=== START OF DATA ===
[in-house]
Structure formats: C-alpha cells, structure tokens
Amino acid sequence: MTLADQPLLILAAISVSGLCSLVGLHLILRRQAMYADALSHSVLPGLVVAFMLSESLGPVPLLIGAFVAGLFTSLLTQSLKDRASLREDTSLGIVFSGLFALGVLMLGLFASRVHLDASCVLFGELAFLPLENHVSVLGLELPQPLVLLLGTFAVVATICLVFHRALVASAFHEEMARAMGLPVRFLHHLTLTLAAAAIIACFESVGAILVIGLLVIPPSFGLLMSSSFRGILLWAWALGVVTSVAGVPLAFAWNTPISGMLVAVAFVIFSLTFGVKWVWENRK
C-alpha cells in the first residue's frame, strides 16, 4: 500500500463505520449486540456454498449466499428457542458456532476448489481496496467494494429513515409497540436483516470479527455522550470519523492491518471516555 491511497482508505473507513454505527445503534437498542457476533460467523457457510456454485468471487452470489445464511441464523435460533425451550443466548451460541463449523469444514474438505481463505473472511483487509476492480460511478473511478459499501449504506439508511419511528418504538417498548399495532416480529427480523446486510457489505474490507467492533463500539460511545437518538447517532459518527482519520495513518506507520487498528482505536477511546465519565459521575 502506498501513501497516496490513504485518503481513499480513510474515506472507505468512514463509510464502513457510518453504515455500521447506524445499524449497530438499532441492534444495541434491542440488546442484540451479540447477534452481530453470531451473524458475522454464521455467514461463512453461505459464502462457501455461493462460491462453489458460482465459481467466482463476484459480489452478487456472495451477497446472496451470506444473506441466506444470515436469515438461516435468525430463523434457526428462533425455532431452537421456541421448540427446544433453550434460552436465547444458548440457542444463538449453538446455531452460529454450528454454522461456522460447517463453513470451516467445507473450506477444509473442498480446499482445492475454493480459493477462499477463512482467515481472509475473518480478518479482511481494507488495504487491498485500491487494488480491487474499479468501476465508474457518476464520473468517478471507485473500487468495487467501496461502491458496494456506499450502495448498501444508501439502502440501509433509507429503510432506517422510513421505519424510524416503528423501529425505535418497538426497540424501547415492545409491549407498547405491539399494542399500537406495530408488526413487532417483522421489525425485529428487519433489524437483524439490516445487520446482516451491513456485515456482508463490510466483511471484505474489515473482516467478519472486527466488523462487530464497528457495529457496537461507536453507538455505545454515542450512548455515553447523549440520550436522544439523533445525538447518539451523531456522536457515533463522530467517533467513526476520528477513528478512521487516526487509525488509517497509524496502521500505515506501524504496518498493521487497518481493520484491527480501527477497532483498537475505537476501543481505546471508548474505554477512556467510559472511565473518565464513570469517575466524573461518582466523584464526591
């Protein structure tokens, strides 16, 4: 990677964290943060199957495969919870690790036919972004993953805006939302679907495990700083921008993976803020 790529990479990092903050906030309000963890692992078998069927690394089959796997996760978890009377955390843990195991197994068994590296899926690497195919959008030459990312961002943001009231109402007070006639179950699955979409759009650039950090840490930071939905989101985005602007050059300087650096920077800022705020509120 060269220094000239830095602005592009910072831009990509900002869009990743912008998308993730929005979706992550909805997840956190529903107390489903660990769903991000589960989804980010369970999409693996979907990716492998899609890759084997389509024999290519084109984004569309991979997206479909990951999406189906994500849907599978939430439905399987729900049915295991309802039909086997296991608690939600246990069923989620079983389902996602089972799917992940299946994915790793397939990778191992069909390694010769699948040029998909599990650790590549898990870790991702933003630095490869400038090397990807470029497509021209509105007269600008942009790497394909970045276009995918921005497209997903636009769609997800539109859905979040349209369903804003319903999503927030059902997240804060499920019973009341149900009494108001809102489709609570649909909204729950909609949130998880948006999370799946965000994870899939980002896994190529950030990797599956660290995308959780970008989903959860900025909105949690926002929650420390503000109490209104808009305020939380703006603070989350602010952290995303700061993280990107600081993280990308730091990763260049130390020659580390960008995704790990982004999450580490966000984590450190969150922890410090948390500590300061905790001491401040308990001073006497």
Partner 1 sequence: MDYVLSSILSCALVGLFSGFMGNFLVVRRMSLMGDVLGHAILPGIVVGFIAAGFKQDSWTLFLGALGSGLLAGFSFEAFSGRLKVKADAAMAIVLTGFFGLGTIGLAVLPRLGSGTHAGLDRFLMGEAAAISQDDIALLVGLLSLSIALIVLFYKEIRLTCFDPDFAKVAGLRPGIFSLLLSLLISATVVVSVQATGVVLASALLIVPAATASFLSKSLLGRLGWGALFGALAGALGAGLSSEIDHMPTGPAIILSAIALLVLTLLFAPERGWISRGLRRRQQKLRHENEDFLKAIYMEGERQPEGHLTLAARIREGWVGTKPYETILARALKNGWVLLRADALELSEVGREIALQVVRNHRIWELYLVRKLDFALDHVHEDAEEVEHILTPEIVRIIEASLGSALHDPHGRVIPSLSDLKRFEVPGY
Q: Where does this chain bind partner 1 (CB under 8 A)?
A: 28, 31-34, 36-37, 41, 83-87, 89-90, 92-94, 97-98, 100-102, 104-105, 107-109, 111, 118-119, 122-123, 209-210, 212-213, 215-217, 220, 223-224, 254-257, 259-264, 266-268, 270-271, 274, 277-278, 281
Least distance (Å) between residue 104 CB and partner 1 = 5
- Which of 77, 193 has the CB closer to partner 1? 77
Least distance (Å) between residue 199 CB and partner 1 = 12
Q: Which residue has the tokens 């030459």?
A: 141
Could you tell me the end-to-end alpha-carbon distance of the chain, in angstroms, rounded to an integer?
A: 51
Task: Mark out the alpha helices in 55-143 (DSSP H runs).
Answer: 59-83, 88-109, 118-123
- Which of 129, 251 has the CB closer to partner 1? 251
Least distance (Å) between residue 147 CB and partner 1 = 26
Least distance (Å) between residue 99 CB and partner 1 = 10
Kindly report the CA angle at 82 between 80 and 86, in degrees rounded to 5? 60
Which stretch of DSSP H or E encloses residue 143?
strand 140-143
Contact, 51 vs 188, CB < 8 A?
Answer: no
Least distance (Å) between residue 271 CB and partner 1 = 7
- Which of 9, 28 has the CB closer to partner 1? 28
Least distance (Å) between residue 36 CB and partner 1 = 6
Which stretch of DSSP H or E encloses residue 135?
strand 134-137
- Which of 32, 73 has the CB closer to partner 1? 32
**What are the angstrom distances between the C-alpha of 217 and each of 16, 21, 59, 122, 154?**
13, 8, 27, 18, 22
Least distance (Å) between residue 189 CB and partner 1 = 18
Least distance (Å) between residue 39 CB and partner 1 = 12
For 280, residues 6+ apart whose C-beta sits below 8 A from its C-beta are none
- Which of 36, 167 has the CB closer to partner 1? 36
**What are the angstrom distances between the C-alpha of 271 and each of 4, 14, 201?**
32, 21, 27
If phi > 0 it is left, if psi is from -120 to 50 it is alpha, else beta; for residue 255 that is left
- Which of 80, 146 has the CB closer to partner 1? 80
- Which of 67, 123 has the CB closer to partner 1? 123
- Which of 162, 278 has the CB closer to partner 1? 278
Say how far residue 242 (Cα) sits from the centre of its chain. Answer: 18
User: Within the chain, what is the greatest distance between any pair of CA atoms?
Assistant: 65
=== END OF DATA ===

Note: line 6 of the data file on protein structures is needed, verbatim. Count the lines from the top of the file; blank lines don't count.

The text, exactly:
Partner 1 sequence: MDYVLSSILSCALVGLFSGFMGNFLVVRRMSLMGDVLGHAILPGIVVGFIAAGFKQDSWTLFLGALGSGLLAGFSFEAFSGRLKVKADAAMAIVLTGFFGLGTIGLAVLPRLGSGTHAGLDRFLMGEAAAISQDDIALLVGLLSLSIALIVLFYKEIRLTCFDPDFAKVAGLRPGIFSLLLSLLISATVVVSVQATGVVLASALLIVPAATASFLSKSLLGRLGWGALFGALAGALGAGLSSEIDHMPTGPAIILSAIALLVLTLLFAPERGWISRGLRRRQQKLRHENEDFLKAIYMEGERQPEGHLTLAARIREGWVGTKPYETILARALKNGWVLLRADALELSEVGREIALQVVRNHRIWELYLVRKLDFALDHVHEDAEEVEHILTPEIVRIIEASLGSALHDPHGRVIPSLSDLKRFEVPGY